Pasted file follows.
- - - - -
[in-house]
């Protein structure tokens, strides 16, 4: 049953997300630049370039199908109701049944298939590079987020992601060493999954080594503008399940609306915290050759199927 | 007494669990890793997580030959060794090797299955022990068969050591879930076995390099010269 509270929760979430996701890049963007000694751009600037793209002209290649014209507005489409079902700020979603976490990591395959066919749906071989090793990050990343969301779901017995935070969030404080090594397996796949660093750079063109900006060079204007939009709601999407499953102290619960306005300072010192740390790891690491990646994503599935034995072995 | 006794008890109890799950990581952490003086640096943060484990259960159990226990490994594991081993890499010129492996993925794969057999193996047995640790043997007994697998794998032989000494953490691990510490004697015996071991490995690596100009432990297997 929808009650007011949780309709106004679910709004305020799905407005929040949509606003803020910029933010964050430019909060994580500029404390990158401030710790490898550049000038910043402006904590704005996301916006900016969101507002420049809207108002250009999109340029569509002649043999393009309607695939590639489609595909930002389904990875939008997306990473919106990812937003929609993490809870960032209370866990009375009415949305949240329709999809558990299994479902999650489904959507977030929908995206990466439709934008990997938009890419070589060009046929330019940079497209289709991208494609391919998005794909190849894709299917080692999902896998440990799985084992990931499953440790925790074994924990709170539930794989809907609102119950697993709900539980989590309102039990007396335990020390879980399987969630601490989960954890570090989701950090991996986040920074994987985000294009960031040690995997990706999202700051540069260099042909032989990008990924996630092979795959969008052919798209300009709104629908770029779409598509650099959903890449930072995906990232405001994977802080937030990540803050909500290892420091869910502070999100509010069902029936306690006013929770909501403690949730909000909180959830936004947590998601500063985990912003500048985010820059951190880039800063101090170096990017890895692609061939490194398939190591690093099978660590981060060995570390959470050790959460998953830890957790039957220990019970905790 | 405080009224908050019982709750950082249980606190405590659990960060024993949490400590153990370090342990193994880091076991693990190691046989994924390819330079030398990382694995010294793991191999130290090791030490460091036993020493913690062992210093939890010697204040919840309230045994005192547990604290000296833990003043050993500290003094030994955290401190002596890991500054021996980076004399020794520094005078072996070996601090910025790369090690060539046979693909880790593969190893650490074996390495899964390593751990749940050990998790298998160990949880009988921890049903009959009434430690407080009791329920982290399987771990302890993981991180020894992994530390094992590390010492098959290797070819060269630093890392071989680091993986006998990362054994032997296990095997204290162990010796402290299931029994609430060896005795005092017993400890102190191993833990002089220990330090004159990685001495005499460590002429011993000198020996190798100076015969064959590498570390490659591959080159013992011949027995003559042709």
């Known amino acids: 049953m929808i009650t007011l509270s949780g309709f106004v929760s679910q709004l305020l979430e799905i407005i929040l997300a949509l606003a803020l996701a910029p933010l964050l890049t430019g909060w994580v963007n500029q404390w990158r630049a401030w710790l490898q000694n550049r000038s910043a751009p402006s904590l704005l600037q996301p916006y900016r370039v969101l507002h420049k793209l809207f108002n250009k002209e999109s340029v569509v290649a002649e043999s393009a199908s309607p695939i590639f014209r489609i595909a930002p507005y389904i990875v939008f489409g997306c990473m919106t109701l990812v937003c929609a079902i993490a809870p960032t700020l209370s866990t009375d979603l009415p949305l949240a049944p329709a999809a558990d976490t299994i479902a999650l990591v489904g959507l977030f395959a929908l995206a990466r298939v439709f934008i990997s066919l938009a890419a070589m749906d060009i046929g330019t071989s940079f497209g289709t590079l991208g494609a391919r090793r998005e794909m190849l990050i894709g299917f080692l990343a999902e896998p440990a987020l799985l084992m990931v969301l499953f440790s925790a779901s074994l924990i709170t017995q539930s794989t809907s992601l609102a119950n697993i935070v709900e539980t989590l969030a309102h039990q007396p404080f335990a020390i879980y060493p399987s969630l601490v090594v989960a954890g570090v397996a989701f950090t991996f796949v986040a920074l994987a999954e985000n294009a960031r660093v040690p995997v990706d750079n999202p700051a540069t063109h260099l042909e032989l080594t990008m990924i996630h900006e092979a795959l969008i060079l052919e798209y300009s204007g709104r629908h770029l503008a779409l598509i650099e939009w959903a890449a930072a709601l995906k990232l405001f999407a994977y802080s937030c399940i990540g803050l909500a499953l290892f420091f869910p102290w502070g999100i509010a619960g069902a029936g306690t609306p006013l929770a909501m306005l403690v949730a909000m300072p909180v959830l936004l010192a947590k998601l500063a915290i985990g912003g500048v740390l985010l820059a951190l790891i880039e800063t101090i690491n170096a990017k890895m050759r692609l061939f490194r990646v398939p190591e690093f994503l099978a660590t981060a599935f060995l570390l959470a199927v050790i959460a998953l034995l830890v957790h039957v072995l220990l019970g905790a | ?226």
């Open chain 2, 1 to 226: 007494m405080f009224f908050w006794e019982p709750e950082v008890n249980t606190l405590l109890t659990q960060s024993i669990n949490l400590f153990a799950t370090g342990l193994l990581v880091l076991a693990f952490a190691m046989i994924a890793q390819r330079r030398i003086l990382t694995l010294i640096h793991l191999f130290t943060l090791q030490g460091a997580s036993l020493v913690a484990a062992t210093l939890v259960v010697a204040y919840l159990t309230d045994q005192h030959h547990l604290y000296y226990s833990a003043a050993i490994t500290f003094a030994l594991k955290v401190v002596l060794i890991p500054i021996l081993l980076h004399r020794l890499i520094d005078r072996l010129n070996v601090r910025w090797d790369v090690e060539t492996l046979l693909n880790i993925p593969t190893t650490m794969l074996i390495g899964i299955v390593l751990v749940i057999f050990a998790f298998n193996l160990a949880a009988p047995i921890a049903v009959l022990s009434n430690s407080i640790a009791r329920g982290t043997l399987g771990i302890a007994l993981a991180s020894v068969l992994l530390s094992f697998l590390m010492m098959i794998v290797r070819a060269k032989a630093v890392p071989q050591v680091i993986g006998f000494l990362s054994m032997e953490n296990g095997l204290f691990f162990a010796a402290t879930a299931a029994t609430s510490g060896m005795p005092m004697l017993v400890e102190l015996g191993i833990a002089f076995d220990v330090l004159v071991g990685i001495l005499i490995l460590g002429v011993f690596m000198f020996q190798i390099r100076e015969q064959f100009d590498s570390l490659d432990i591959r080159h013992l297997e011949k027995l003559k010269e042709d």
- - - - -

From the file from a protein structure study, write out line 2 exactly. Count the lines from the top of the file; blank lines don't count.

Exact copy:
């Protein structure tokens, strides 16, 4: 049953997300630049370039199908109701049944298939590079987020992601060493999954080594503008399940609306915290050759199927 | 007494669990890793997580030959060794090797299955022990068969050591879930076995390099010269 509270929760979430996701890049963007000694751009600037793209002209290649014209507005489409079902700020979603976490990591395959066919749906071989090793990050990343969301779901017995935070969030404080090594397996796949660093750079063109900006060079204007939009709601999407499953102290619960306005300072010192740390790891690491990646994503599935034995072995 | 006794008890109890799950990581952490003086640096943060484990259960159990226990490994594991081993890499010129492996993925794969057999193996047995640790043997007994697998794998032989000494953490691990510490004697015996071991490995690596100009432990297997 929808009650007011949780309709106004679910709004305020799905407005929040949509606003803020910029933010964050430019909060994580500029404390990158401030710790490898550049000038910043402006904590704005996301916006900016969101507002420049809207108002250009999109340029569509002649043999393009309607695939590639489609595909930002389904990875939008997306990473919106990812937003929609993490809870960032209370866990009375009415949305949240329709999809558990299994479902999650489904959507977030929908995206990466439709934008990997938009890419070589060009046929330019940079497209289709991208494609391919998005794909190849894709299917080692999902896998440990799985084992990931499953440790925790074994924990709170539930794989809907609102119950697993709900539980989590309102039990007396335990020390879980399987969630601490989960954890570090989701950090991996986040920074994987985000294009960031040690995997990706999202700051540069260099042909032989990008990924996630092979795959969008052919798209300009709104629908770029779409598509650099959903890449930072995906990232405001994977802080937030990540803050909500290892420091869910502070999100509010069902029936306690006013929770909501403690949730909000909180959830936004947590998601500063985990912003500048985010820059951190880039800063101090170096990017890895692609061939490194398939190591690093099978660590981060060995570390959470050790959460998953830890957790039957220990019970905790 | 405080009224908050019982709750950082249980606190405590659990960060024993949490400590153990370090342990193994880091076991693990190691046989994924390819330079030398990382694995010294793991191999130290090791030490460091036993020493913690062992210093939890010697204040919840309230045994005192547990604290000296833990003043050993500290003094030994955290401190002596890991500054021996980076004399020794520094005078072996070996601090910025790369090690060539046979693909880790593969190893650490074996390495899964390593751990749940050990998790298998160990949880009988921890049903009959009434430690407080009791329920982290399987771990302890993981991180020894992994530390094992590390010492098959290797070819060269630093890392071989680091993986006998990362054994032997296990095997204290162990010796402290299931029994609430060896005795005092017993400890102190191993833990002089220990330090004159990685001495005499460590002429011993000198020996190798100076015969064959590498570390490659591959080159013992011949027995003559042709």